Move Over Logistics, Inland Empire Sees a Big Growth Bump in Healthcare Jobs
Reports on the Inland Empire’s job scene usually point workers to warehouses and truck depots. But in a surprising twist, the latest analysis of the region’s employment growth veers toward hospitals and clinics.
Inland Empire employers added 26,500 new jobs in 2018, according to revised state data released Friday, March 8, with the biggest percentage gain seen in health care services and social assistance, up 5.1 percent in January from 12 months earlier.
All told, there were 1,554,100 Inland Empire residents on payrolls in December vs. 12 months earlier, according to the Employment Development Department. January’s estimate shows a 1.8 percent increase over a 12-month period.
Another sizable increase was in professional business, scientific and technical services, which added 1,500 jobs, a 3.6 percent growth rate. Both those categories, in most cases, pay better than the logistics and transportation sector, which grew at a 3.1 percent clip.
“That’s very good news,” John Husing, chief economist for the Inland Empire Economic Partnership. “(Health care) is one of the best-paying of the higher-paying sectors.”
The report released Friday was revised factoring in more detailed data from the U.S. Bureau of Labor Statistics and provides a more accurate picture of California’s economy.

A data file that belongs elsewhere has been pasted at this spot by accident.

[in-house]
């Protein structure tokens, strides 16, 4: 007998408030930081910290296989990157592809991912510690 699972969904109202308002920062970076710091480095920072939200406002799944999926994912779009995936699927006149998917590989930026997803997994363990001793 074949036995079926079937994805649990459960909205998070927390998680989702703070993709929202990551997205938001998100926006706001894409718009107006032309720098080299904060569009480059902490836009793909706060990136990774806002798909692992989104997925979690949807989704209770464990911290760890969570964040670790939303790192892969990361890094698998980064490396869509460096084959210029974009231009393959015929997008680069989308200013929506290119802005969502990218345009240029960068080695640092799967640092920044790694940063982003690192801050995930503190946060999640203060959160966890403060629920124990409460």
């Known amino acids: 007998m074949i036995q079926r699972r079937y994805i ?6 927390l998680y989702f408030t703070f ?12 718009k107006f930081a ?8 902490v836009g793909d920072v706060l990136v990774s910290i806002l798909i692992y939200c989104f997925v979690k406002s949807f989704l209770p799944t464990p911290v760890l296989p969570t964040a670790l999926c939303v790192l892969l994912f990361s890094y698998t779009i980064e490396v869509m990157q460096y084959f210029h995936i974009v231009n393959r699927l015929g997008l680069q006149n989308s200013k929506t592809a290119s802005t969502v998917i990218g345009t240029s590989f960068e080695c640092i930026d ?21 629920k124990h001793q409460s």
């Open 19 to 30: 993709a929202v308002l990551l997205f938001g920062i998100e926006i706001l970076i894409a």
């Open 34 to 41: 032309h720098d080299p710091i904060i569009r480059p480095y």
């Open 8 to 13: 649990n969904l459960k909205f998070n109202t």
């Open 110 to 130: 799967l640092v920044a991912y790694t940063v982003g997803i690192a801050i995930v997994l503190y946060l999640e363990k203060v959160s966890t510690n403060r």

In January, Husing presented a snapshot on the region’s economy and said the number of Inland residents without health insurance had dropped significantly since the implementation of the Affordable Care Act. About 302,000 still had no health coverage in late 2018, down from 750,000 in 2012.
That upsurge in the insured, in turn, has brought new patients to medical facilities and spurred hiring, said Cathy Rebman, vice president for business development and community outreach at San Antonio Regional Hospital in Upland. Rebman said the area’s population growth has also increased the need for more staff.
“This past year we’ve made sure we have the right amount of staffing for the patients we care for,” said Rebman, whose hospital added a new tower in 2017.
Unemployment in the Inland Empire was estimated at 4.6 percent in January, up from a revised 3.9 percent in December and unchanged from January 2018. A January increase in the jobless rate is expected when holidays come to an end; the retail sector shed about 8,500 positions after Jan. 1.
Growth also was reported in the government (up 1.9 percent), and construction (up 1.1 percent) sectors in January. And, despite the closing of numerous big-name retailers in 2018, that sector still saw 1,500 new jobs, a 0.8 percent increase.
The only sectors declining were miscellaneous services, such as maintenance work and laundry (down 3.1 percent), and financial activities (1.4 percent).
The growth in professional and business services has been noticed at Riverside Personnel Services, which specializes in filling office positions, said Kathy Hartman, the president.
“Not only are we getting order activity but we’re also seeing salary increases,” Hartman said. “People are willing to pay for the skills they’re getting.”
Average hourly pay in February rose 3.4 percent from a year earlier — the sharpest year-over-year increase in a decade, according to the federal jobs report also released on Friday.